I have three Netgear Routers: WNDR3700, WNDR4000, and WNDR4500.
On the SAME wired network, the 3700 works great. But both the 4000 and 4500 exhibit the same symptom. They periodically drop WAN connections for a minute (almost exactly), then allow them for 5-20 seconds, drop them for another minute, etc. In the plots below, red in the time graphs means that traceroutes and pings are not getting returned by the affected hops along the path (top part of the plots).
Existing connections (Netflix streaming) seem to not be affected. I see this periodic dropping clearly doing traceroutes or pings. Pingplotter is especially effective at showing this.
This is what a normal Pingplotter connection (on the WNDR3700) looks like:
It is normal for the destination (the Comcast nameserver) to refuse to answer some packets. The white area on each plot is the jitter, which increases up to a loss, and then drops.
What could be causing this?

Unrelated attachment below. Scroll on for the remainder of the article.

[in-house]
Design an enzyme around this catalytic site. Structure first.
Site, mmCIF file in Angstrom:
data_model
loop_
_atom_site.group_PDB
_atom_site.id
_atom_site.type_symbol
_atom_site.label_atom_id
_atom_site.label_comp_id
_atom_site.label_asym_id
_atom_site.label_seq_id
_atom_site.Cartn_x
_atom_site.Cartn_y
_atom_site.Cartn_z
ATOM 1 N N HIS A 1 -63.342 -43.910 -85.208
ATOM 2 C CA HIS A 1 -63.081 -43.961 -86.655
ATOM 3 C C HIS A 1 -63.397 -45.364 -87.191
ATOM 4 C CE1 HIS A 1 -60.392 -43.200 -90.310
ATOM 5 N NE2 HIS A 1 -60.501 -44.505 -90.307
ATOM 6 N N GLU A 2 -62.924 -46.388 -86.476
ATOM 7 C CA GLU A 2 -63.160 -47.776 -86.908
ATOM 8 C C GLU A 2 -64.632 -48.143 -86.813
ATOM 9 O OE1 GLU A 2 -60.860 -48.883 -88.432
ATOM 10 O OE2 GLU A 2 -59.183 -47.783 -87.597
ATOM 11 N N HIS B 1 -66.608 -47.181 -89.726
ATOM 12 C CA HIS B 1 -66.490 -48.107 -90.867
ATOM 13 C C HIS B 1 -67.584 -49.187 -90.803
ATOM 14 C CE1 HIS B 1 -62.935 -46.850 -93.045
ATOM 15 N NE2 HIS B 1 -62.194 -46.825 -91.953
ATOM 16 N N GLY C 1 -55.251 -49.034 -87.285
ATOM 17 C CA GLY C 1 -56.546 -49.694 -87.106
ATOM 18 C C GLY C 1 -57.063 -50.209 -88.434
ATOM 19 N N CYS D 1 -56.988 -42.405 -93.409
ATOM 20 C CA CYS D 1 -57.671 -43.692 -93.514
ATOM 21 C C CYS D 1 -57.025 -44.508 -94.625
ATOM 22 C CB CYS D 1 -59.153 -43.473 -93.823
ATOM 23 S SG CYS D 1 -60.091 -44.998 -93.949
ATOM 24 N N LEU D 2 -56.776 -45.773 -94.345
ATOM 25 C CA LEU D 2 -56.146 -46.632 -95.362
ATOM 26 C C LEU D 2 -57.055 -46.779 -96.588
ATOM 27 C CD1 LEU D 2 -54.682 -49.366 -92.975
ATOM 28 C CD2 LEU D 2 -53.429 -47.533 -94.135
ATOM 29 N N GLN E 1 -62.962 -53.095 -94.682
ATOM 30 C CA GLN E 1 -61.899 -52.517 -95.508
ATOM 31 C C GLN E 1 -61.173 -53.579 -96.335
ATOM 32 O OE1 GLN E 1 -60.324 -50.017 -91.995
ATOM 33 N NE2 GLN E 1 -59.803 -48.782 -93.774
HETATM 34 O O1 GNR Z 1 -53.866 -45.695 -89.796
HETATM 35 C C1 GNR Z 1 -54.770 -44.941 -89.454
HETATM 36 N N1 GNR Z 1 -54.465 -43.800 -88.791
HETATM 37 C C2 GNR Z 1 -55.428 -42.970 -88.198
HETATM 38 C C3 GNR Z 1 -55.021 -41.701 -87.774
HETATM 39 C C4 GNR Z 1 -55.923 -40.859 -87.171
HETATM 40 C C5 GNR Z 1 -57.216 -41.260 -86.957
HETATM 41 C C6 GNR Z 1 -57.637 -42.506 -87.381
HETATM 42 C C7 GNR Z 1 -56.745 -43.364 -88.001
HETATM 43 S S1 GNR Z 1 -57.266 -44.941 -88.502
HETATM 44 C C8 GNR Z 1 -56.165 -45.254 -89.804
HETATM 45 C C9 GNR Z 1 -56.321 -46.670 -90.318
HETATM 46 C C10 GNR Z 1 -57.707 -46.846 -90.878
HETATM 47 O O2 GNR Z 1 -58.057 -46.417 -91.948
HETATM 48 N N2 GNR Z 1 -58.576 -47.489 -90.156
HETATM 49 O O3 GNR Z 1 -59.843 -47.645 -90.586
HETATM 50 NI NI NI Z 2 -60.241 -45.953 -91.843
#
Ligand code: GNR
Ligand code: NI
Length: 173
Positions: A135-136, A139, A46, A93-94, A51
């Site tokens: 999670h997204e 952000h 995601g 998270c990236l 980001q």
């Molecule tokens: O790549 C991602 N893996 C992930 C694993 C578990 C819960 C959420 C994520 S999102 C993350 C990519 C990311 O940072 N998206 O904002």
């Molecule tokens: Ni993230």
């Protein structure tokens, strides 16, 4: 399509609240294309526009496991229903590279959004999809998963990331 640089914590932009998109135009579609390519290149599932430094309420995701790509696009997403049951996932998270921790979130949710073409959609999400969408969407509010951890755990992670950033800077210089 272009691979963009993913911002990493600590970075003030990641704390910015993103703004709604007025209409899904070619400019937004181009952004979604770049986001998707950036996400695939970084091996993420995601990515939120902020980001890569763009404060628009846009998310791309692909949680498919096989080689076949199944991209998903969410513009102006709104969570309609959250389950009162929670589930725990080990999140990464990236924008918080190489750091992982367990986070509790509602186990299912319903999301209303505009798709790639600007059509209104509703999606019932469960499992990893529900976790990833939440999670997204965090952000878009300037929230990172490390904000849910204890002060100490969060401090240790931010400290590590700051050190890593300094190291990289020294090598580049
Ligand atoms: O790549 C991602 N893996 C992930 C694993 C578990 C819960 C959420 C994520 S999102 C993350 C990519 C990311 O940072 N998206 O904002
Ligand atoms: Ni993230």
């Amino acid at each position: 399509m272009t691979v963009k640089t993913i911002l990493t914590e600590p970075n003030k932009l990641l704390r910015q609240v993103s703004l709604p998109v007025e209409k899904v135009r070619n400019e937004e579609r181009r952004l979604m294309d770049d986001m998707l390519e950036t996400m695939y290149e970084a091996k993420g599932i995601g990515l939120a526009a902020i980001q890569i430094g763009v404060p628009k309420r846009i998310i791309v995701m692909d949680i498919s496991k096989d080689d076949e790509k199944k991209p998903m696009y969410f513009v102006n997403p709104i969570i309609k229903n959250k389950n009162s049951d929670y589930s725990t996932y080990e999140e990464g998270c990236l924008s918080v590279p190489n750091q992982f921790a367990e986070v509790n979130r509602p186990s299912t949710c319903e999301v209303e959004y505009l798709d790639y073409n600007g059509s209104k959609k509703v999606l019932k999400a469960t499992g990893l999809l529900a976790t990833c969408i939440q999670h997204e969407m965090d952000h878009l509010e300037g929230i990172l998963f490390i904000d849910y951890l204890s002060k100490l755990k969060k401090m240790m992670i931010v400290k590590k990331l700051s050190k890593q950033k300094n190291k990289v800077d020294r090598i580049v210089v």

Snoopytime on the Netgear Forum suggested:
Try going to Setup, then to WAN Setup . . then UNCHECK 'IGMP Proxy Disable'.
I think I figured it out. Pingplotter sends multiple ICMP requests. The router apparently has trouble dealing with these when queued up.
I modified Pingplotter to send them serially, and the problem went away.
So what is causing it? Well, someone on the forum said that what happens is that the router loses its DNS addresses. This would be consistent with my symptoms during the periodic outages: existing connections continue to work, new ones do not. The person suggested that I put in the fixed Comcast DNS addresses (18.104.22.168 and 22.214.171.124). But I also installed the latest Netgear beta firmware which he said supposedly fixed things. And it has been working using the unmodified Pingplotter for 14 hours now.
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Routers must be patched just like any other computer equipment!
"Low-priority databases containing temporary network workload information could be a perfect vector for simple SQL injection attacks, which can lead to outright domination of WiFi routers given the right chain of attack. So warns a Black Hat presenter who, in a few weeks, will show how he used SQL injection attacks to put together attacks that lead to remote takeovers of SOHO routers."
Linksys routers are vulnerable too:
Be sure that you buy a new cable/dsl modem occasionally. For cable, you want one that supports Docis 3. This allows you to use channel bonding for higher speeds. I updated my old surfboard modem to a new Docis 3 model, and my speeds increased 50%